In a trio of decisions yesterday, the U.S. Supreme Court upheld basic freedoms conferred to us in the Bill of Rights.
The most important of these rulings comes from a case that made its way to the High Court from Mahanay School District here in Pa. A high school girl who failed to make the varsity cheerleading squat vented with vulgarities on Snapchat. She did so, not at school, but off campus. The school suspended her from the team.
In a 8-1 ruling written by Justice Stephen Breyer ruled that a student's off campus speech is generally the responsibility of a student's parents. The school does have an interest in regulating some kinds of off campus speech like bullying or threats.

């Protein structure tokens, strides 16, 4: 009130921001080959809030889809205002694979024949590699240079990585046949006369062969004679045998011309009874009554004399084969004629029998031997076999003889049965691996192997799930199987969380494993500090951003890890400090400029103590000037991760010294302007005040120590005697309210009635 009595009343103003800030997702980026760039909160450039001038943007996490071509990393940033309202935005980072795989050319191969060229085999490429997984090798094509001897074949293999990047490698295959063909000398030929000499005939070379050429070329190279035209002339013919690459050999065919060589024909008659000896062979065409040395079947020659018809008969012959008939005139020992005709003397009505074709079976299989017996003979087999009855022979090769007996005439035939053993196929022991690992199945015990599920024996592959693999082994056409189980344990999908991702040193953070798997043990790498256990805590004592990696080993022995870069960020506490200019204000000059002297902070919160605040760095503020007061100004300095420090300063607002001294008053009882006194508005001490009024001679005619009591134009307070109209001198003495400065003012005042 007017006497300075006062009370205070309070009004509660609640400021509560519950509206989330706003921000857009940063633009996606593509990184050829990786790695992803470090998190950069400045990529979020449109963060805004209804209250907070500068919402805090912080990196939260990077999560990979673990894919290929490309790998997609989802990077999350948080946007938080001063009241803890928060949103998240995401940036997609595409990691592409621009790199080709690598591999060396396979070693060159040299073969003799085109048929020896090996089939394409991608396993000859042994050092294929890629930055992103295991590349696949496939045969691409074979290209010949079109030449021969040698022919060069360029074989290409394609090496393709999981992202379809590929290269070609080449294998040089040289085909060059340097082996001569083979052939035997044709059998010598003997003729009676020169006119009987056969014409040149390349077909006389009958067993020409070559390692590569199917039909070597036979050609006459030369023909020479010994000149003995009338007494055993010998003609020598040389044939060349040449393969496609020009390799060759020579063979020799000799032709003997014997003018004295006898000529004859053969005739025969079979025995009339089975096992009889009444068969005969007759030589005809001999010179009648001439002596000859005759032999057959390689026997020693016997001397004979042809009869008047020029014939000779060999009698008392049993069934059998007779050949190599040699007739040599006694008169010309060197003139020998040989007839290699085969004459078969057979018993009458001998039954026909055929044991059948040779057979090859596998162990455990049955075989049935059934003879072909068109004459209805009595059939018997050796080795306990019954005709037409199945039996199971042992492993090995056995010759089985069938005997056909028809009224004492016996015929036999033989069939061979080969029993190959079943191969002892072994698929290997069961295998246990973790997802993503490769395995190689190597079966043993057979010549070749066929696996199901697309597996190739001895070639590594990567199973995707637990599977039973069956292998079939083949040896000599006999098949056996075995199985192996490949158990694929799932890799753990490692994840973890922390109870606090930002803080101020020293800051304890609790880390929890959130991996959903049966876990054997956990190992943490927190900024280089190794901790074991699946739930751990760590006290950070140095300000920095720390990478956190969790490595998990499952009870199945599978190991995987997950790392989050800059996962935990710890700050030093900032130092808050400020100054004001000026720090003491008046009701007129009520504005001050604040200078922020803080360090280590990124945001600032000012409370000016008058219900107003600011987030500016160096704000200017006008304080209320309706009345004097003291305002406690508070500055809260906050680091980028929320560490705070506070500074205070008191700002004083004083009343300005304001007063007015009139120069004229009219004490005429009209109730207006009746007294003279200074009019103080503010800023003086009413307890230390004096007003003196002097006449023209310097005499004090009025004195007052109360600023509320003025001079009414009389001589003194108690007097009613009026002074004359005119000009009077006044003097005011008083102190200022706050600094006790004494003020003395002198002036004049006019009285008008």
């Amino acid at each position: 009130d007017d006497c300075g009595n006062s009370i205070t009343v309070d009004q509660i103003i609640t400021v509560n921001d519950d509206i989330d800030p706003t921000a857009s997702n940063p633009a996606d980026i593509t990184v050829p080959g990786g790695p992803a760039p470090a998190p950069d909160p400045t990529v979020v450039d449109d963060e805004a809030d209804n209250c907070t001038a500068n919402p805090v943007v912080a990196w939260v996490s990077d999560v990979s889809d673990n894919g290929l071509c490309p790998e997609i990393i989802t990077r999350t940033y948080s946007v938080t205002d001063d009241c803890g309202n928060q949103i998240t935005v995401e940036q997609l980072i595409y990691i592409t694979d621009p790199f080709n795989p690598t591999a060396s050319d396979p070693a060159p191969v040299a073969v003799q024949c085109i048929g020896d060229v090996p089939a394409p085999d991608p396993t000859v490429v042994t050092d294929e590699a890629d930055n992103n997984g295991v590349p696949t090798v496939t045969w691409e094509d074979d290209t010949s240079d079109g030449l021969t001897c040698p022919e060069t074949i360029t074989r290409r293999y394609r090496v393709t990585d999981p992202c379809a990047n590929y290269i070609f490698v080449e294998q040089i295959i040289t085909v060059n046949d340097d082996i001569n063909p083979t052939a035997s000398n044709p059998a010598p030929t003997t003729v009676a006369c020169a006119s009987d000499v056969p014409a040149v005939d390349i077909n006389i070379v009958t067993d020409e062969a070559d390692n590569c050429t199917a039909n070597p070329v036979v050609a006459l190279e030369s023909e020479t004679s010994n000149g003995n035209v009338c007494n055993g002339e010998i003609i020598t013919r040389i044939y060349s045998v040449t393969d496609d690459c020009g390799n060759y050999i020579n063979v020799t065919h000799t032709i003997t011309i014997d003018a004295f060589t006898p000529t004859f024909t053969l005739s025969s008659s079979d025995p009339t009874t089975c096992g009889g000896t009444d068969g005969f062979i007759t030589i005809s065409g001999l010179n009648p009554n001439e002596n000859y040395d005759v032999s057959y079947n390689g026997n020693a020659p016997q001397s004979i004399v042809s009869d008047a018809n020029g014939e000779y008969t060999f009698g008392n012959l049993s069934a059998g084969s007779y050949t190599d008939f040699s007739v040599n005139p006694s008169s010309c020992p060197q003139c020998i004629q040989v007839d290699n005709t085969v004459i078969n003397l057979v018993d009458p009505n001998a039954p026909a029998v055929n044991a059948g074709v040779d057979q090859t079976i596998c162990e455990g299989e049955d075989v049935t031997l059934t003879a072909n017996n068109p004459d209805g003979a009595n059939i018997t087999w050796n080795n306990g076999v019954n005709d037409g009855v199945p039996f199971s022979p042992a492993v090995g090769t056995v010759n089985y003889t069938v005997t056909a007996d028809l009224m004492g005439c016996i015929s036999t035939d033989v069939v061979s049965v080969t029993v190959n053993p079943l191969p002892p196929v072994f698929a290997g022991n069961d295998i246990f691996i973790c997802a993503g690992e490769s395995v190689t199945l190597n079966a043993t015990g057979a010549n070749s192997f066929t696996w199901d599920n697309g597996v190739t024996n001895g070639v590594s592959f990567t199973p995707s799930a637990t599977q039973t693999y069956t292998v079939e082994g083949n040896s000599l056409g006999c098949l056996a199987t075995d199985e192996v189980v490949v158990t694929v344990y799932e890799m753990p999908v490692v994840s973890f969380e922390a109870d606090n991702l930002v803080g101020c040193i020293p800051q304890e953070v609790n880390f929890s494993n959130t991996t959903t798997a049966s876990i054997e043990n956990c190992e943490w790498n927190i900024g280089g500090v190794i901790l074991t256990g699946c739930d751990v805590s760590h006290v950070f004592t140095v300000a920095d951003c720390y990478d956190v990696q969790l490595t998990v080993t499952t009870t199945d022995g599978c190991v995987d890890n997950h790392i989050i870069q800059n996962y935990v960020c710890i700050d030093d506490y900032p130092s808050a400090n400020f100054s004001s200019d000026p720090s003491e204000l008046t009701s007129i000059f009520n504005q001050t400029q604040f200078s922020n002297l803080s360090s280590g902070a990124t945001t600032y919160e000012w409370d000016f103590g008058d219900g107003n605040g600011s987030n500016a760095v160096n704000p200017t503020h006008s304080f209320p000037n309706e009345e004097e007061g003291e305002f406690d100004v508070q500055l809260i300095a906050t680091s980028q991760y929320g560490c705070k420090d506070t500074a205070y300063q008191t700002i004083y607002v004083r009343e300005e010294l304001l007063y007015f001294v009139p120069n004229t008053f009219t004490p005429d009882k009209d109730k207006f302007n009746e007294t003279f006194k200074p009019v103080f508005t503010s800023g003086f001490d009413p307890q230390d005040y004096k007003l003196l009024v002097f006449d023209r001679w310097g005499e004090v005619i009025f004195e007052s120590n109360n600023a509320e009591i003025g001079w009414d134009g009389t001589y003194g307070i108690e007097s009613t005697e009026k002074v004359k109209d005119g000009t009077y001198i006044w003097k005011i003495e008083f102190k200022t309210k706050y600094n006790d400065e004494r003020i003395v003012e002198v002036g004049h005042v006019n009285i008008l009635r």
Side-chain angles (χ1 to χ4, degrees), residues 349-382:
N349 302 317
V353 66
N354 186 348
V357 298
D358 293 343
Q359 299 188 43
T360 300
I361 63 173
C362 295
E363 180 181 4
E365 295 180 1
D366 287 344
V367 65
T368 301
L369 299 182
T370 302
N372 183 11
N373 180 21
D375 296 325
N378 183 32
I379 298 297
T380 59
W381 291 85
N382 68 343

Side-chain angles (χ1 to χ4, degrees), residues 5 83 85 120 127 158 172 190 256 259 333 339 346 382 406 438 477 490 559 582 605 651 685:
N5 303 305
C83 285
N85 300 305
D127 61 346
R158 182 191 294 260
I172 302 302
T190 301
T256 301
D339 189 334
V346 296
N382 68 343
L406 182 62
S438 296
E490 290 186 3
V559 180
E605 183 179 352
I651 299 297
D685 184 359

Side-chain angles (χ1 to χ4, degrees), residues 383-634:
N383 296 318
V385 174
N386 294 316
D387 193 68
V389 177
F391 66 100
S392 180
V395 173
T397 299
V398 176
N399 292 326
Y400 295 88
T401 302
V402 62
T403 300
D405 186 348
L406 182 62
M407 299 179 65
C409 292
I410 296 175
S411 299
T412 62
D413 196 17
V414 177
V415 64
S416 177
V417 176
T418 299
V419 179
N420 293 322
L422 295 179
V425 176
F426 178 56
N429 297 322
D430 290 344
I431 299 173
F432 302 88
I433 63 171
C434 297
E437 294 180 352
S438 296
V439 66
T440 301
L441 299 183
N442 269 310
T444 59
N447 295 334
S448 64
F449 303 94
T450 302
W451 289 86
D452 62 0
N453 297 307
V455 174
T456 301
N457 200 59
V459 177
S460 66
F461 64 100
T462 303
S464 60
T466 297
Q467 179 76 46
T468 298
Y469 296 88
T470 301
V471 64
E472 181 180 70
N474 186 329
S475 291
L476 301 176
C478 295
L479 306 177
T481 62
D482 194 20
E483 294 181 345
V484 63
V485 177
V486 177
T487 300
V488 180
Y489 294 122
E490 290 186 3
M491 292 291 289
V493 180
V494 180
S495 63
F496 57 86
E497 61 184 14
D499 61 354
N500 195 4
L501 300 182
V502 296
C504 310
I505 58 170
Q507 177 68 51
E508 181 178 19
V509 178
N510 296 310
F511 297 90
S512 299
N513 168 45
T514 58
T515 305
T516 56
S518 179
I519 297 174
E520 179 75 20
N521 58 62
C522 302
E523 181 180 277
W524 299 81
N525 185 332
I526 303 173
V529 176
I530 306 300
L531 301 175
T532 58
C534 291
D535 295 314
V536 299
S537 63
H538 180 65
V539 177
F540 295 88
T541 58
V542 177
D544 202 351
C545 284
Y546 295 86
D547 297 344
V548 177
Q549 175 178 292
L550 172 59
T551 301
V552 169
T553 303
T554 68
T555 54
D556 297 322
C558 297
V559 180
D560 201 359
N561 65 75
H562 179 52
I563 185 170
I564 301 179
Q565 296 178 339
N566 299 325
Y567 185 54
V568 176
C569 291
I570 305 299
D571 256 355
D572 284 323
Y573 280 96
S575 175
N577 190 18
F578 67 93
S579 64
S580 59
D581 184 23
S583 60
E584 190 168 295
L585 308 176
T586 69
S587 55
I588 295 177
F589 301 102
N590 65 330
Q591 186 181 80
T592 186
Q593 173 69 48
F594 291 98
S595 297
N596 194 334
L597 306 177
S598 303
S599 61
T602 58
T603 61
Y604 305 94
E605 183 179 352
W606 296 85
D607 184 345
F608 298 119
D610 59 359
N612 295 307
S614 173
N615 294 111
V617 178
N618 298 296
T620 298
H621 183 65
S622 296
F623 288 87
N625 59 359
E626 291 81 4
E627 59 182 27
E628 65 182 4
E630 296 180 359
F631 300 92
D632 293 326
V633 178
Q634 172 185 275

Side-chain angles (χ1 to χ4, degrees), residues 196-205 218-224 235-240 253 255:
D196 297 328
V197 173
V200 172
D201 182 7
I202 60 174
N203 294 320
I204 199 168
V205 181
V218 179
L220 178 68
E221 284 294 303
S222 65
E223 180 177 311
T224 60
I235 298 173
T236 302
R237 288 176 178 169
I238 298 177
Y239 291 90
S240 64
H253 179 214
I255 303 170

In a case involving "hot pursuit," a divided Supreme Court ruled that in minor cases, police officers should generally obtain a warrant before entering someone's home. This is a vindication of the Fourth Amendment.
Finally, the court ruled 6-3 that state regulation allowing union organizers to come onto an employer's property in an attempt to speak to workers is an unlawful taking of that employer's private property in violation of the Fifth Amendment. The regulation in question allowed organizers to enter the property three hours per day, 120 days per year. It provided no compensation to the owner.